Avoiding issues with Netflix when using an IPv6 tunnel: Update

Following the migration of my home DNS infrastructure from a mixed macOS Server / Synology DNS Server setup to a Synology only setup (still with dual redundancy) it has become easier to avoid the Netflix IPv6 issues.

The Synology DNS server supports the notion of ‘forward only’ zones (macOS Server DNS kind of supported these but they were not officially supported and the Server DNS GUI didn’t provide any way to configure them).

My new setup is as follows:

I run my modified DNSmasq build on my two macOS Servers supporting IPv4 only lookups for netflix.com and all sub-domains.

My primary Synology DNS servers both have netflix.com defined as a ‘forward only’ zone forwarding to the macOS DNSmasq servers. This allows me to retain a single cohesive DNS setup for all systems (they point just at the primary Synology servers) and have full Netflix capability on any device that needs it.

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Replacing macOS Server

Until recently I used macOS Server to provide numerous IT related services for my home network and my users (my family). For example:

  • User authentication (Open Directory)
  • VPN server
  • Calendar and Contacts
  • Email
  • Wiki
  • Websites (including this WordPress site)
  • DNS
  • DHCP
  • File sharing (SMB and WebDAV)

When Apple announced that they were changing the focus of macOS Server and that many of these functions would be deprecated and then removed I decided to waste no time in identifying replacements and migrating to them. This post covers what I used to replace each of these services…

As well as macOS sServer I also had a Synology NAS unit (DS1812+) and this supports many different applications. I had anyway planned to augment this with a second unit to increase my backup storage capacity and so it seemed like this might be the way to go, and indeed it was.

I augmented by existing DS1812+ with a new DS1817+ and then I migrated most of the macOS Server services to various Synology provided applications (all free) as follows:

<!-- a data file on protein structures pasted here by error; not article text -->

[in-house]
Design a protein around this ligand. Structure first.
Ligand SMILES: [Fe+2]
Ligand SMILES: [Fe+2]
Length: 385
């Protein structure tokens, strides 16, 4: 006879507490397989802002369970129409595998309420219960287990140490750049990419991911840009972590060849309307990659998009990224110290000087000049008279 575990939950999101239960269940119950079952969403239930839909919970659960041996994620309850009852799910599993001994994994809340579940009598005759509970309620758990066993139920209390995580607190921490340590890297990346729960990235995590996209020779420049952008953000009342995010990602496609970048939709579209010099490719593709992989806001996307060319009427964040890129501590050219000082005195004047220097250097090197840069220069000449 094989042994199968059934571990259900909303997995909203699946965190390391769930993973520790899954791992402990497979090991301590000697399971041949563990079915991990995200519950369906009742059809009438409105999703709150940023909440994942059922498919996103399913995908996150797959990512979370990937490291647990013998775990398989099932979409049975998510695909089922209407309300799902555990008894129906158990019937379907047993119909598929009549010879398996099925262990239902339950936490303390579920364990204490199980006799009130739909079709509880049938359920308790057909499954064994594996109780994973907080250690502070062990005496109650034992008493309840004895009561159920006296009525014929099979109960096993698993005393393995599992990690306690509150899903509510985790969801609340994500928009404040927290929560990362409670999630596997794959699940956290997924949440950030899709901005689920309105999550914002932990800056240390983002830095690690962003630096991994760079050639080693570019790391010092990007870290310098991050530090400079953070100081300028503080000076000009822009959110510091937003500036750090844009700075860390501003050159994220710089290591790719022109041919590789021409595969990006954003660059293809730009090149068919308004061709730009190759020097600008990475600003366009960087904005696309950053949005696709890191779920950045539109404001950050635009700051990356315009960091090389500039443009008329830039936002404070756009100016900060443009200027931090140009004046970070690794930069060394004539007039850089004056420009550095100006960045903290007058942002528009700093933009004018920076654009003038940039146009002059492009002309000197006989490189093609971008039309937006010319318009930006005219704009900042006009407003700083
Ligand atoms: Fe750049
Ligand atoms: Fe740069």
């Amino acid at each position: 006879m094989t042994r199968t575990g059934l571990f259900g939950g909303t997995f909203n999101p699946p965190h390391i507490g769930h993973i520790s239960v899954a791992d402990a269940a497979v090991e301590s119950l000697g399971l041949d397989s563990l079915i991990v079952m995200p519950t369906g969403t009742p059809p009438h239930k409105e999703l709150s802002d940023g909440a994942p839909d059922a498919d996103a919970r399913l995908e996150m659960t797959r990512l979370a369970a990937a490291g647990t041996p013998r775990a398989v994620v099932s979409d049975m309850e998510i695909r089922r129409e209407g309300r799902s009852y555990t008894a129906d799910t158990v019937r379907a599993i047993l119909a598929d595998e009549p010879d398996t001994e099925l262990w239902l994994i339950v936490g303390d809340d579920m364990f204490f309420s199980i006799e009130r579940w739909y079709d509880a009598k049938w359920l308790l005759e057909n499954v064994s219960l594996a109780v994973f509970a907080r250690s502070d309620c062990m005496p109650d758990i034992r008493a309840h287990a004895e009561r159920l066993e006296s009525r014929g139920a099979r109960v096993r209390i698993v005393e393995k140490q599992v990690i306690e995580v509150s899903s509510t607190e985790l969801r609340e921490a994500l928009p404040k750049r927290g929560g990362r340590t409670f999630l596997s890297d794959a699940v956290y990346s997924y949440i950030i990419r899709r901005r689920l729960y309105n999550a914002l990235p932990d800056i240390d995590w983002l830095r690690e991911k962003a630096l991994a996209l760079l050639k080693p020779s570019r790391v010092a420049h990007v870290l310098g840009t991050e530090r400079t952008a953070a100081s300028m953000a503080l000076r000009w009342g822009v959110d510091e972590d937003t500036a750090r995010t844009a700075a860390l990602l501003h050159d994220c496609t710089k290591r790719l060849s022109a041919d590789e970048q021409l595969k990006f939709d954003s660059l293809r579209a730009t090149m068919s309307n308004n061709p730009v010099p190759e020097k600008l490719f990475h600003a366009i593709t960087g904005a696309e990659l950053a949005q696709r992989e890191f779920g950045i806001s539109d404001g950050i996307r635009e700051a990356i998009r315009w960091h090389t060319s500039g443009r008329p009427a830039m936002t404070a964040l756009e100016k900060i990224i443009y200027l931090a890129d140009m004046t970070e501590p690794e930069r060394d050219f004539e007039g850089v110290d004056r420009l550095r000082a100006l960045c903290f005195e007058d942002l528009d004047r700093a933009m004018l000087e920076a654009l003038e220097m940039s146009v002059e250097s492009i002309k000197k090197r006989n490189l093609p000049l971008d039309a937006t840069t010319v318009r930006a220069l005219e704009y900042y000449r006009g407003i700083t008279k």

VPN server -> Synology VPN server

DNS -> Synology DNS

DHCP -> Synology DHCP

Email -> Synology Mail Server + Synology Mail Station (WebMail)

WebSites -> Synology Web Station

WordPress -> WordPress hosted on Synology

Wiki -> WordPress hosted on Synology

For Calendar and Contacts I retained an Apple based solution but used the iCloud option instead of hosting them myself:

Calendar -> iCloud Calendar

Contacts -> iCloud Contacts

I abandoned the notion of a central user directory and single sign on; it is unnecessarily complex for a home environment. Instead I wrote some custom tools to allow for easy password change / sync across all of the different platforms now in use (macOS, Synology, Apache, WordPress).

I retained macOS as my file sharing solution (SMB and WebDAV) since my macOS Server hosts my Drobo 5D3 Thunderbolt connected disk array.

The migration process was surprisingly easy and we have not lost any significant functionality as a result. Having two Synology units has actually allowed me to increase the level of redundancy for my services; now all of my self hosted services have dual redundancy for increased reliability and resilience to outages. The overall level of data protection has also been enhanced.

All in all I’m very pleased with how things have turned out, though I am still extremely disappointed with Apple’s decision to essentially kill macOS Server.

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Avoiding issues with Netflix when using an IPv6 tunnel

As you know from my previous blog posts, currently my home network connects to the Internet via Virgin Media, who currently does not offer native IPv6 connectivity. To provide IPv6 Internet connectivity for my home I use the excellent tunnelbroker.net service from Hurricane Electric. Unfortunately there is a significant issue with this setup; Netflix does not work!

The reason for this is because (a) most systems nowadays prefer IPv6 over IPv4 if both are available, (b) Netflix servers are available via public IPv6 addresses and (c) Netflix checks IPv6 connections and blocks ones coming via tunnel providers, VPNs, proxy services etc. This is part of their attempts to geo-fence content, driven primarily by content provider demands.

I’m not going to get into the right and wrongs of this blocking but I am going to present a relatively easy (and perfectly legitimate) way to avoid the issue. Basically, what I want to do is to constrain all traffic to Netflix from my home network to be IPv4 only (so it will be native connectivity via my ISP) while not impeding normal (mixed IPv6 and IPv4) traffic to anything else. There are several ways that you might do this but I wanted one that was flexible, which could be applied to multiple devices in my home easily and which was transparent/non-disruptive to the rest of my home network and connected devices.

The solution I settled for was as follows;